Malaysian victims accuse Royal Thai Police of soliciting bribes of over 100,000 baht

Two Malaysian victims told local media that corrupt Royal Thai Police solicited bribes of 100,000 baht to return their stolen cars which were taken from their native country and driven to Thailand.

The Malaysian news agency, The Star, reported that the cars were stolen from Malaysia and shipped to Thailand. The media also added that RTP officers were involved in the car smuggling.

The Star reported that a Malaysian man named Zack rented a four-wheel car to a man in Kuala Lumpur. The nationality of the renter has not been reported.

Zack said he tracked his car’s GPS system at 10pm on that day and found it was still in Malaysia. However, Zack woke the following day to find that his car was in Narathiwat province, in the southern part of Thailand.

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The Star revealed that it took about 12 hours to drive a car from Kuala Lumpur to Narathiwat.

Zack said he reported the issue to the local police in the evening but an officer told him that renting his car was illegal. The officers then told him to find a towing service and get his car back on his own.

Zack reported that his car was then moved to another location. A Thai friend checked the location of his car and discovered that it was parked at the house of an influential person in the Sadao district of Songkhla province.

Zack and his wife travelled to the Sadao district and kept track of the car. He found that his car had been moved to a district wrecking yard and called the RTP from Sadao Police Station to help get it back.

Zack claims that the RTP told him to pick up his car and drive back to Malaysia. He was pleased that everything appeared to be OK and rushed to the yard. When he arrived RTP officers told him that he had to pay 3,000 Malaysian ringgit, about 23,000 baht, if he wanted his car back.

Zack added that the officer called the money a “gift.” Zack agreed to pay to get his car back and later found that a dash camera, spare tyre, and car rugs had been removed.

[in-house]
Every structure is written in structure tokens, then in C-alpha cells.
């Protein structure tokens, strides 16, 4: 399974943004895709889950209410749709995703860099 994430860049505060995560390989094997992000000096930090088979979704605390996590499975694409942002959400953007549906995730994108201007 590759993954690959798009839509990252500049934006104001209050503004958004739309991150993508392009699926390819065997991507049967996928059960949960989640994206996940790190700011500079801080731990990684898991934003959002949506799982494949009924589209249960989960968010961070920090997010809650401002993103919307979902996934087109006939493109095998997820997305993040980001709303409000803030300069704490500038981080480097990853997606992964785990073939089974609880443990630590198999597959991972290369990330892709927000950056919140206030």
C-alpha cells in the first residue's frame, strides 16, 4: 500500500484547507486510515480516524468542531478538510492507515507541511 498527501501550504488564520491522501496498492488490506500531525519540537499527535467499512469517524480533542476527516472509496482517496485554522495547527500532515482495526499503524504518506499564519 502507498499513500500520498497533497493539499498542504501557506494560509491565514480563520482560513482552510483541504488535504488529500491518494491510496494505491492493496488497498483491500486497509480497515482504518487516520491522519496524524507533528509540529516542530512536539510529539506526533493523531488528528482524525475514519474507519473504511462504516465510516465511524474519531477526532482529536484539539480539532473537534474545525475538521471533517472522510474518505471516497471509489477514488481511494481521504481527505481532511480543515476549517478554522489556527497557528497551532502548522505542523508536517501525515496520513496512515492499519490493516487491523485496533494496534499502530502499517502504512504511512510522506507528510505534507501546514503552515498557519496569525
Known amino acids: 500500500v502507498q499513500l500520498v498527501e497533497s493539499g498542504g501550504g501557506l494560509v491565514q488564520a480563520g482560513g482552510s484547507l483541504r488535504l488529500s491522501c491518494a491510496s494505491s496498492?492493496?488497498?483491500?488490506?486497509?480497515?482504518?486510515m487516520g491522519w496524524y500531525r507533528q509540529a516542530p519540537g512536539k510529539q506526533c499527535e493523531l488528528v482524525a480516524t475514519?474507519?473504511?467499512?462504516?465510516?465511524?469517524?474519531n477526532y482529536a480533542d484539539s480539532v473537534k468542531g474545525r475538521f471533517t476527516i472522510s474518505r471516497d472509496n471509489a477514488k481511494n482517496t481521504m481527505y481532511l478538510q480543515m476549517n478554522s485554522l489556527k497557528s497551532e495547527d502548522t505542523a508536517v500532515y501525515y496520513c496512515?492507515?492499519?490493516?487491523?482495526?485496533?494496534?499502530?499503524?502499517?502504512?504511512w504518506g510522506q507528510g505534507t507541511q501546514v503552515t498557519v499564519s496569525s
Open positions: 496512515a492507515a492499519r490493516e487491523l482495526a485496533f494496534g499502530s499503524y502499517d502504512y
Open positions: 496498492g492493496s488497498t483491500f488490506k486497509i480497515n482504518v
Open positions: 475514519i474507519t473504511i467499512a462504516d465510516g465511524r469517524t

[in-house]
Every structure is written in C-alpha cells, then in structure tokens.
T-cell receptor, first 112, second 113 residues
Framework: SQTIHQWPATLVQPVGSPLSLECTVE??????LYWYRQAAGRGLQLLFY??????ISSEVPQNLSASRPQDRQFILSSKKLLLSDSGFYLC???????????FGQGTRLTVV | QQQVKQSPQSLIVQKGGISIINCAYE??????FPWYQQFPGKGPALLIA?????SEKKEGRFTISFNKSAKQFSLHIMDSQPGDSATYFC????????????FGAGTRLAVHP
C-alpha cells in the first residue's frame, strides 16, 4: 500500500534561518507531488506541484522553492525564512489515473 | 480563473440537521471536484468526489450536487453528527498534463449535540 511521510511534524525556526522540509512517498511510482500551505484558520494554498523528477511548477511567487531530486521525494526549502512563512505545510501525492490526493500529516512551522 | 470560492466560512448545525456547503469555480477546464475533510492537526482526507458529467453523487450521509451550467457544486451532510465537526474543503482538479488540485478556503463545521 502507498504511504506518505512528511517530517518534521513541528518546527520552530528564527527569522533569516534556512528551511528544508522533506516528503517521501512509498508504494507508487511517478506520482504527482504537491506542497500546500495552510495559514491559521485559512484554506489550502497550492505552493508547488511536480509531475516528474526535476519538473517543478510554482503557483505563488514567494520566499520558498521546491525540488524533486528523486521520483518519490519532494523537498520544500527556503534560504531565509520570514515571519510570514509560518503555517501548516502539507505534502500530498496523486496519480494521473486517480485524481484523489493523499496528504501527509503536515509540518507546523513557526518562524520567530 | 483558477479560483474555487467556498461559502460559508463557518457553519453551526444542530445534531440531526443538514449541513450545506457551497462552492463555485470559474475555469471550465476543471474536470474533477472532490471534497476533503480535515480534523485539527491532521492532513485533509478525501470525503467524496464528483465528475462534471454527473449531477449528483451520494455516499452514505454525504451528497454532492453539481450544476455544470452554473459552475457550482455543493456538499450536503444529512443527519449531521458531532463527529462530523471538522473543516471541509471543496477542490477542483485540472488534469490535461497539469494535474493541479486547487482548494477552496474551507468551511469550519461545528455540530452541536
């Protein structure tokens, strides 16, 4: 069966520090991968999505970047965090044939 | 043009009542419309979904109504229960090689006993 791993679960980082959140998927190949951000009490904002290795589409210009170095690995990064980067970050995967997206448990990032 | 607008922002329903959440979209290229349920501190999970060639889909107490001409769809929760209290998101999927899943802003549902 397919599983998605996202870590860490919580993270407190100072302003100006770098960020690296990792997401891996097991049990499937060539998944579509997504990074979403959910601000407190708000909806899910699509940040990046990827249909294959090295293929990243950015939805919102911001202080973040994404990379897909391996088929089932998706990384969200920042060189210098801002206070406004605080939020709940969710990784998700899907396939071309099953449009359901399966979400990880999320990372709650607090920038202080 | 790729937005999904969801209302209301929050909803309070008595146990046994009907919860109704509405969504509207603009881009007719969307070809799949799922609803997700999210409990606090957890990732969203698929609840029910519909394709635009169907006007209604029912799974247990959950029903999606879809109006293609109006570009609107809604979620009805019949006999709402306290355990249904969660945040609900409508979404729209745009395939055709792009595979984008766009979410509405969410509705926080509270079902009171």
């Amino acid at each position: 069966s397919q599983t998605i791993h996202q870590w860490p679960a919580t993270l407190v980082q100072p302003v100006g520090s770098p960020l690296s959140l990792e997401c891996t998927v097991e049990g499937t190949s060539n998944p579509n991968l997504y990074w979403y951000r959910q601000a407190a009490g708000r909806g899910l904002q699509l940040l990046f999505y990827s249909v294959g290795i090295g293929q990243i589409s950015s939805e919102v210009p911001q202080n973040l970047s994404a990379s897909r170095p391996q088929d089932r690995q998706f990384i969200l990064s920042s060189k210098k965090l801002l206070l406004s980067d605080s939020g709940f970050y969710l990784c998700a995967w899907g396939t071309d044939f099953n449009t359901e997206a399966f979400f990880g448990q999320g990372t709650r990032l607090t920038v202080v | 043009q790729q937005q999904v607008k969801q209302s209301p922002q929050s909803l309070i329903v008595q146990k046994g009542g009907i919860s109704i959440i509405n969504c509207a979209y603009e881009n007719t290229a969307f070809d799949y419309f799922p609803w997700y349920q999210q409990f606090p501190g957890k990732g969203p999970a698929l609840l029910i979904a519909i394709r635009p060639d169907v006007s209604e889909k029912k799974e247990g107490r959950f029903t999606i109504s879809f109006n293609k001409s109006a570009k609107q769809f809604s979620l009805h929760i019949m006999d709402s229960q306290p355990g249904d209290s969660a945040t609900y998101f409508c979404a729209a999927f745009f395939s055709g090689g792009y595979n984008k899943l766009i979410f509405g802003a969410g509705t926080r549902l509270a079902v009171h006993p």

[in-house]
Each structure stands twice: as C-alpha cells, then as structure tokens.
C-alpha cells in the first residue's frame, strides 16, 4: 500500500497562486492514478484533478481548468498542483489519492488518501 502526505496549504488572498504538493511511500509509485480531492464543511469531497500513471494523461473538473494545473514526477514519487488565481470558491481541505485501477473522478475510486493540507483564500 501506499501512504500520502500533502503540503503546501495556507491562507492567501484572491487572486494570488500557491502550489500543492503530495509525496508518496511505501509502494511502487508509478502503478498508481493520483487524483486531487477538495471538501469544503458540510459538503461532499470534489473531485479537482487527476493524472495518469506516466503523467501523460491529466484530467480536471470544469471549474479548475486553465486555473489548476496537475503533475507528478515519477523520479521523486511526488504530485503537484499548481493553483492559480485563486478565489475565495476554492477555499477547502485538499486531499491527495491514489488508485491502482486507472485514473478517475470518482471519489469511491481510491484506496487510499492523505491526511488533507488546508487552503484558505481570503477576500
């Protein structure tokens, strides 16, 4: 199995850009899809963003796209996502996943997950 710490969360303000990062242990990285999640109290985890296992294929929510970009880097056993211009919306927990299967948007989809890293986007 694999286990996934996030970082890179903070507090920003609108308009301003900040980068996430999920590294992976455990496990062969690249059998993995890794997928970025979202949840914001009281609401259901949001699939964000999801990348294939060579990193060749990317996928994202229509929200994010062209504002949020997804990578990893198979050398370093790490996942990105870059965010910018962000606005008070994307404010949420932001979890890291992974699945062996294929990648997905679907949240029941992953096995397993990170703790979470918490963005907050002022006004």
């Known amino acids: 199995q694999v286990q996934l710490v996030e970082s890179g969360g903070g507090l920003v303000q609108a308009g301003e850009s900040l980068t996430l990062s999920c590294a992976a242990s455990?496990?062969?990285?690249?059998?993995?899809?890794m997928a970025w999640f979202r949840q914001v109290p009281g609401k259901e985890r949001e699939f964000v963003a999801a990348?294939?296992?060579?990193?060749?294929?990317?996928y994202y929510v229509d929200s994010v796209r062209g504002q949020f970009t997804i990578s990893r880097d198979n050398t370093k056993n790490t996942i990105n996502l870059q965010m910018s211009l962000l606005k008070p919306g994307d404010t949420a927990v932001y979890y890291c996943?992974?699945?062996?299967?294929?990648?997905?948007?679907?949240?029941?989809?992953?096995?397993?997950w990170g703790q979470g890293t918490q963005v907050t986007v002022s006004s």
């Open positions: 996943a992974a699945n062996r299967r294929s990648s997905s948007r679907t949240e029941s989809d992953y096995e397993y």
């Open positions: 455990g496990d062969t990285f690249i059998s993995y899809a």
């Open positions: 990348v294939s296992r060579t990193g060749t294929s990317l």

The Star also reported the story of another victim, Fatima. Fatima told The Star that she parked her car at home and woke up in the morning to find that it had been mysteriously driven to Narathiwat.

The 53 year old said that she contacted a friend who could communicate in Thai and tracked the car to a house near Sadao Police Station.

Fatima and her family travelled to the spot and discovered that the car registration plate had been changed and a car radio antenna had been removed.

Fatima claimed that RTP officers asked for 10,000 Malaysian ringgit, about 77,000 baht, to get her car back. The officers threatened to sell the vehicle if she could not find the money within 30 minutes. She managed to obtain the money and paid it on time.

At the time of press, there was no information to reveal whether there is an investigation into the RTP’s dastardly deeds or whether anyone will be prosecuted. But one thing is certain, police corruption never appears to be far from the surface and continues to be a perpetual cancer in the Kingdom of Thailand.

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Petch Petpailin

Petpailin, or Petch, is a Thai translator and writer for The Thaiger who focuses on translating breakingThai news stories into English. With a background in field journalism, Petch brings several years of experience to the English News desk at The Thaiger. Before joining The Thaiger, Petch worked as a content writer for several known blogging sites in Bangkok, including Happio and The Smart Local. Her articles have been syndicated by many big publishers in Thailand and internationally, including the Daily Mail, The Sun and the Bangkok Post. She is a news writer who stops reading news on the weekends to spend more time cafe hopping and petting dwarf shrimp! But during office hours, you can find Petch on LinkedIn and you can reach her by email at

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